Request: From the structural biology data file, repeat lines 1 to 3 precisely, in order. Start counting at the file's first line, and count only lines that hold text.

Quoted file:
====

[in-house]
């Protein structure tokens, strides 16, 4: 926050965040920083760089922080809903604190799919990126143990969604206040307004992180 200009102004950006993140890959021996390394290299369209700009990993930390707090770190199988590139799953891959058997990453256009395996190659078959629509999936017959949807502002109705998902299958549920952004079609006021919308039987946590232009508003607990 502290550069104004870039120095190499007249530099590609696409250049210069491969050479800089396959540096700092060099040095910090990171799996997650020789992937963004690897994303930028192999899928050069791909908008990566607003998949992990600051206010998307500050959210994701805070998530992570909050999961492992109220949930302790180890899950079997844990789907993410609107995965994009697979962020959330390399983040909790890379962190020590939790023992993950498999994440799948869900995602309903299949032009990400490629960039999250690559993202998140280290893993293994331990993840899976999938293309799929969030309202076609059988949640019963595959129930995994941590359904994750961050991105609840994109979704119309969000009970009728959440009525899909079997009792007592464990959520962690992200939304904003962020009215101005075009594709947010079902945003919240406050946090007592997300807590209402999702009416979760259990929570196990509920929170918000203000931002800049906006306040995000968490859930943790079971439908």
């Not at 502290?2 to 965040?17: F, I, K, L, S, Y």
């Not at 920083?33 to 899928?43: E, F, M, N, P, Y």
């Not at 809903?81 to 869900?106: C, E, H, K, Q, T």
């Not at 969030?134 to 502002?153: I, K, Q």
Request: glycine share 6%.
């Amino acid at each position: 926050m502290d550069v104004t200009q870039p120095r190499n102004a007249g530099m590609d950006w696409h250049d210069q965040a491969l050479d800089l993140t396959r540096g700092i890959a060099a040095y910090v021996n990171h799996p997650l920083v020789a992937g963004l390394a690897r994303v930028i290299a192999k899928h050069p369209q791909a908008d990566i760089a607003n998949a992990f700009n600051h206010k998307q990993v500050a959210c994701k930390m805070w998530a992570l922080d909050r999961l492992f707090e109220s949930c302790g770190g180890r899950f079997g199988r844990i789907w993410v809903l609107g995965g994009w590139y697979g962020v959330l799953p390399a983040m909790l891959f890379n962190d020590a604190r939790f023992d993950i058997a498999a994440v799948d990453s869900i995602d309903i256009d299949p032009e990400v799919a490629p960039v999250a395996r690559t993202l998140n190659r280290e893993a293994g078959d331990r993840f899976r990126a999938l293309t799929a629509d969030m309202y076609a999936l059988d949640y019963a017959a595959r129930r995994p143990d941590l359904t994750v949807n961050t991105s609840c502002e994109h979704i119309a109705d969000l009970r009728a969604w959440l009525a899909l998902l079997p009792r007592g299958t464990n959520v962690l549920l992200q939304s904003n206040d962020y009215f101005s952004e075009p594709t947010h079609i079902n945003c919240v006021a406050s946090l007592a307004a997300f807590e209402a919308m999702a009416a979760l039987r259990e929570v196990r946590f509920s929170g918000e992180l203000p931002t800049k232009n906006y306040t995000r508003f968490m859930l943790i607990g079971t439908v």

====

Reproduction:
[in-house]
């Protein structure tokens, strides 16, 4: 926050965040920083760089922080809903604190799919990126143990969604206040307004992180 200009102004950006993140890959021996390394290299369209700009990993930390707090770190199988590139799953891959058997990453256009395996190659078959629509999936017959949807502002109705998902299958549920952004079609006021919308039987946590232009508003607990 502290550069104004870039120095190499007249530099590609696409250049210069491969050479800089396959540096700092060099040095910090990171799996997650020789992937963004690897994303930028192999899928050069791909908008990566607003998949992990600051206010998307500050959210994701805070998530992570909050999961492992109220949930302790180890899950079997844990789907993410609107995965994009697979962020959330390399983040909790890379962190020590939790023992993950498999994440799948869900995602309903299949032009990400490629960039999250690559993202998140280290893993293994331990993840899976999938293309799929969030309202076609059988949640019963595959129930995994941590359904994750961050991105609840994109979704119309969000009970009728959440009525899909079997009792007592464990959520962690992200939304904003962020009215101005075009594709947010079902945003919240406050946090007592997300807590209402999702009416979760259990929570196990509920929170918000203000931002800049906006306040995000968490859930943790079971439908």
């Not at 502290?2 to 965040?17: F, I, K, L, S, Y």